why you should write your story

WHAT IS MY TRUTH?

When life brings this question to the forefront of your mind, which it always eventually does, where do you look for answers?  You may look into your memories, old journals and pictures.  You might think about your secrets, the parts of you that you’ve never revealed and how keeping those secrets has shaped you.  This question of personal truth pulls us to seek deeper meaning within the events of our lives.   

Even when our discoveries are painful, finding themes and patterns has a healing effect.  The alternative is to look at our lives and see a chaos of ups and downs with no themes or patterns that we can attach meaning to, which causes us to exist in a more stressful state. It’s human nature for us to look to stories to understand ourselves, the world we live in, and the universal lessons that we all face.  Through stories, we are able to connect with our ancestors, our communities, and future generations.  

One way to honor your truth creatively is to write a memoir.  Your memoir could take many forms—book, blog, dedicated journal, series of personal essays—all of which could be shared publicly, with a select group of people, or kept private. There are many factors to consider with memoir writing, but let’s focus on the benefits of overcoming emotional obstacles and embracing your truth through story.

A HEALING NARRATIVE

When we write a memoir we have to confront former versions of ourselves.  The shy child.  The rebellious teenager.  The invincible young adult. The decisions we regret. The people we try not to think about.  You develop new relationships with your former selves and their experiences as you write your memories down.    

The process creates a back and forth dynamic where you step into the inner world of this former version of yourself to write, and low and behold, a broader perspective arises from the creativity and inner wisdom of your current self.  Through the lens of story we are better able to evolve from our coping mechanisms like avoidance, shame and anger to create a healing narrative and explore possibilities we’d never considered before.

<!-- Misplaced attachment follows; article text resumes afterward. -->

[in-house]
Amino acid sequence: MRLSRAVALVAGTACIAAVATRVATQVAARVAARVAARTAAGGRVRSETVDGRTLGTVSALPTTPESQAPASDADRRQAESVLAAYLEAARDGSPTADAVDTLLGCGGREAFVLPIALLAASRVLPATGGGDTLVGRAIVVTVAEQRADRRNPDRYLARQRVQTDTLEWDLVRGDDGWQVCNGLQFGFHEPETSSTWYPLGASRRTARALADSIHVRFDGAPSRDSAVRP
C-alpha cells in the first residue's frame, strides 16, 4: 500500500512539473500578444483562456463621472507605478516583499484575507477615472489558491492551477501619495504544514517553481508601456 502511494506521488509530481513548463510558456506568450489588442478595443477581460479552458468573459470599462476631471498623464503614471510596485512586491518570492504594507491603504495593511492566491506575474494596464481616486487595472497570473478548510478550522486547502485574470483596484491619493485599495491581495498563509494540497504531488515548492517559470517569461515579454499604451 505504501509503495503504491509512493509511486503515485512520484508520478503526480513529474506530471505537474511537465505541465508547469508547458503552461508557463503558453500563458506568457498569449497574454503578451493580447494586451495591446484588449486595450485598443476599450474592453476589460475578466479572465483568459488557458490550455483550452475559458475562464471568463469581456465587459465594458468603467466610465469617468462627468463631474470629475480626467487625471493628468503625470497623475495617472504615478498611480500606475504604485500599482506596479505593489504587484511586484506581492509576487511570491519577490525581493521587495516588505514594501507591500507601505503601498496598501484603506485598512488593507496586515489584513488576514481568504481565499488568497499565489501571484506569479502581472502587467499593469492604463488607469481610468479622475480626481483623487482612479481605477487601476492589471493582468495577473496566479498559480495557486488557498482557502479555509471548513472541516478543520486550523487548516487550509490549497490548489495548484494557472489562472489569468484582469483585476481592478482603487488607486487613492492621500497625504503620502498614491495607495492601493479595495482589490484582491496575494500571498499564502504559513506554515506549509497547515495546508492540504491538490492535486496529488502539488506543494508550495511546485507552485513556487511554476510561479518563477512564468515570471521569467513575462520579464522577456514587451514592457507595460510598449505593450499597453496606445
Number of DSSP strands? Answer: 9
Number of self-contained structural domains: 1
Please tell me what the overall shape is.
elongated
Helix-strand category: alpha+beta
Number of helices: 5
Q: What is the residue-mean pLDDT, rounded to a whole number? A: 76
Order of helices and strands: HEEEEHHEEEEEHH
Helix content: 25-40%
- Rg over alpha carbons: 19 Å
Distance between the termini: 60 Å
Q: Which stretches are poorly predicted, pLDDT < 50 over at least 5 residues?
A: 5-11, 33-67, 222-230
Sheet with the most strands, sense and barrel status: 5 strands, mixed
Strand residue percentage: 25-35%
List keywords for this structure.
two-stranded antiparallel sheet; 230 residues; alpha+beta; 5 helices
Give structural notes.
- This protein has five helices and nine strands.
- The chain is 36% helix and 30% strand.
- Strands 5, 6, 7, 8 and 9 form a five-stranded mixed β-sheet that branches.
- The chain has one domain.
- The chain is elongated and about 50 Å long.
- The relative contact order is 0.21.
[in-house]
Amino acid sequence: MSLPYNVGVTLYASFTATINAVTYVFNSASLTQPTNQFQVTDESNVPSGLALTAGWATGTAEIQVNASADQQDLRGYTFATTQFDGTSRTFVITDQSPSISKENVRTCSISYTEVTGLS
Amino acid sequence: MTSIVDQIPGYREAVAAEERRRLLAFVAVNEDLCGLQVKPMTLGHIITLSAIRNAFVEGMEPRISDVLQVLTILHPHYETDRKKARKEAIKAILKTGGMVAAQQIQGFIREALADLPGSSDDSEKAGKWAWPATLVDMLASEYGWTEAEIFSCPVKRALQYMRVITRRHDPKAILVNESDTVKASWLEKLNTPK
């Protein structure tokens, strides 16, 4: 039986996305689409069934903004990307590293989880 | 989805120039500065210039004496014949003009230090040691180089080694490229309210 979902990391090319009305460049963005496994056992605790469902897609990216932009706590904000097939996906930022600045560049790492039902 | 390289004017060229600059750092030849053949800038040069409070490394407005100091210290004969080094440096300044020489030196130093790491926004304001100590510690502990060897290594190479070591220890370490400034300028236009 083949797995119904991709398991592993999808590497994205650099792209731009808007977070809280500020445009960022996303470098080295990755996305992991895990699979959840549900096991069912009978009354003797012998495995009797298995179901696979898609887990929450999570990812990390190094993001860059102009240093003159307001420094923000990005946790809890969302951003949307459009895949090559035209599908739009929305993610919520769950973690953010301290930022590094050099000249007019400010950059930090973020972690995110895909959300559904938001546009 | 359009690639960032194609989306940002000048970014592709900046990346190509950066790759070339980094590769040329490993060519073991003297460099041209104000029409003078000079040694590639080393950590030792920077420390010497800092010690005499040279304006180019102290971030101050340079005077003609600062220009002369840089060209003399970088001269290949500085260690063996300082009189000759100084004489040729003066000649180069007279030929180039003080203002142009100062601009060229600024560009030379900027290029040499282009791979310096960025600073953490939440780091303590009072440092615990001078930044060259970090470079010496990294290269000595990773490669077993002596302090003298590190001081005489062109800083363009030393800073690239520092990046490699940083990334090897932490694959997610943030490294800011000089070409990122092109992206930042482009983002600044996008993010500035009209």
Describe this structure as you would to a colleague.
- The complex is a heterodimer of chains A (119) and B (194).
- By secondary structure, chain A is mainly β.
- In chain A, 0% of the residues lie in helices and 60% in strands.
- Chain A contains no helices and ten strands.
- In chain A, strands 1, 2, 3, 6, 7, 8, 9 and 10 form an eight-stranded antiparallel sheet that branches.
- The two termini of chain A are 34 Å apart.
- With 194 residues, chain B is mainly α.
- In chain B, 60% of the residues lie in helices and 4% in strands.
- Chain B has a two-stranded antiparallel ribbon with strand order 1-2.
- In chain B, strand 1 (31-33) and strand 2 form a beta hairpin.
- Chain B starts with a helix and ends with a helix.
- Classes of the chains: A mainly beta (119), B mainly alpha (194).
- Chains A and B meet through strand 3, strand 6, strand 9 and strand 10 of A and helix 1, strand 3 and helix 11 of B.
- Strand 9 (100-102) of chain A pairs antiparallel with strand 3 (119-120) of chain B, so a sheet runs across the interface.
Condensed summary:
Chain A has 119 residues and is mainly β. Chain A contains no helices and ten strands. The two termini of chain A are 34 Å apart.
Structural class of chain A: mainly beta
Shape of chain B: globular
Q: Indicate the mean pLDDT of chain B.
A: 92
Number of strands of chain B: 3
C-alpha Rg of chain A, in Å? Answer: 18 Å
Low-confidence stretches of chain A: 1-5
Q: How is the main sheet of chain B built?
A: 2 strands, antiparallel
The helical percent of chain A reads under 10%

In her book, The Healing Power of Memoir, Dr. Linda Joy Myers says, “We come to realize that there are levels of truth, and that some of these levels have been hidden in our unconscious, only to stream out of the end of the pen as we begin to write.”

Dr. Myers lists the following seven reasons why people are motivated to write about their lives:

  1. To gain a deeper understanding of yourself and your life

  2. To heal the past and create hope for the future

  3. To create a legacy for your family

  4. To expose injustice or abuse

  5. To settle emotional scores — from anger and revenge to acceptance and forgiveness

  6. To present a point of view about a controversial issue

  7. To share with the world your unique experiences with travel, education, illness, recovery, family or a spiritual quest

Do any of these reasons hit home with you?

The reason I first set out to write a book — a memoir, specifically — was that I wanted to connect with others and feel less isolated by my secrets.  It’s not uncommon for us to feel alone in our experiences even when we have a support system.  I sensed that the process of writing the book would be healing and would force me to describe memories and find patterns that I’d never noticed before.  I soon realized that it would be harder than I thought to tell my stories without revealing parts of other people’s stories as well.

OVERCOMING OBSTACLES